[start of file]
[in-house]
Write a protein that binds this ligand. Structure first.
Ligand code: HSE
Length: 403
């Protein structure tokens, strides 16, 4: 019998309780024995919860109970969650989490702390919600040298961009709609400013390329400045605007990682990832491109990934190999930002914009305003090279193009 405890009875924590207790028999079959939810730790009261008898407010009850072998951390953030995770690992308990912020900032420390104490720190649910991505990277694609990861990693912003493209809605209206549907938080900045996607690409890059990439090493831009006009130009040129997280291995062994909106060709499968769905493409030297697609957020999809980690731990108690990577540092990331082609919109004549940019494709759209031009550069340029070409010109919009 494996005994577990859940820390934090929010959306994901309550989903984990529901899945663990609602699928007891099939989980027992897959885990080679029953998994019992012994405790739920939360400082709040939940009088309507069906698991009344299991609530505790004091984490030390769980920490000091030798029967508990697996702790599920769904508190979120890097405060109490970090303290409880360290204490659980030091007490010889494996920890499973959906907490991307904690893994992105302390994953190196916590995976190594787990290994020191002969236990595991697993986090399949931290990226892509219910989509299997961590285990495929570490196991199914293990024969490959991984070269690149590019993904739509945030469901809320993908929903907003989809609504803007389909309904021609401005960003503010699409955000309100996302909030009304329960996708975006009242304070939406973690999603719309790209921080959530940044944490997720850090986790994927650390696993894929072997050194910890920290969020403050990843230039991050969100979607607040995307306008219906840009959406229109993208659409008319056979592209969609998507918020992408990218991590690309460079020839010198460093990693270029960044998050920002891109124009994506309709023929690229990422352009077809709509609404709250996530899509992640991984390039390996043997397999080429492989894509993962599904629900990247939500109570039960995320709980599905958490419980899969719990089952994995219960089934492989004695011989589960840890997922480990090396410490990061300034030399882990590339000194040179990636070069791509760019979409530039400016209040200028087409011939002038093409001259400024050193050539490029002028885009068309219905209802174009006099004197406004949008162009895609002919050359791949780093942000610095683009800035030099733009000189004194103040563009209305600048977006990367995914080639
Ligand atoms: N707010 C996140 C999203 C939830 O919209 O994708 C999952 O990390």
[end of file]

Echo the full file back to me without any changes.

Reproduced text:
[in-house]
Write a protein that binds this ligand. Structure first.
Ligand code: HSE
Length: 403
């Protein structure tokens, strides 16, 4: 019998309780024995919860109970969650989490702390919600040298961009709609400013390329400045605007990682990832491109990934190999930002914009305003090279193009 405890009875924590207790028999079959939810730790009261008898407010009850072998951390953030995770690992308990912020900032420390104490720190649910991505990277694609990861990693912003493209809605209206549907938080900045996607690409890059990439090493831009006009130009040129997280291995062994909106060709499968769905493409030297697609957020999809980690731990108690990577540092990331082609919109004549940019494709759209031009550069340029070409010109919009 494996005994577990859940820390934090929010959306994901309550989903984990529901899945663990609602699928007891099939989980027992897959885990080679029953998994019992012994405790739920939360400082709040939940009088309507069906698991009344299991609530505790004091984490030390769980920490000091030798029967508990697996702790599920769904508190979120890097405060109490970090303290409880360290204490659980030091007490010889494996920890499973959906907490991307904690893994992105302390994953190196916590995976190594787990290994020191002969236990595991697993986090399949931290990226892509219910989509299997961590285990495929570490196991199914293990024969490959991984070269690149590019993904739509945030469901809320993908929903907003989809609504803007389909309904021609401005960003503010699409955000309100996302909030009304329960996708975006009242304070939406973690999603719309790209921080959530940044944490997720850090986790994927650390696993894929072997050194910890920290969020403050990843230039991050969100979607607040995307306008219906840009959406229109993208659409008319056979592209969609998507918020992408990218991590690309460079020839010198460093990693270029960044998050920002891109124009994506309709023929690229990422352009077809709509609404709250996530899509992640991984390039390996043997397999080429492989894509993962599904629900990247939500109570039960995320709980599905958490419980899969719990089952994995219960089934492989004695011989589960840890997922480990090396410490990061300034030399882990590339000194040179990636070069791509760019979409530039400016209040200028087409011939002038093409001259400024050193050539490029002028885009068309219905209802174009006099004197406004949008162009895609002919050359791949780093942000610095683009800035030099733009000189004194103040563009209305600048977006990367995914080639
Ligand atoms: N707010 C996140 C999203 C939830 O919209 O994708 C999952 O990390």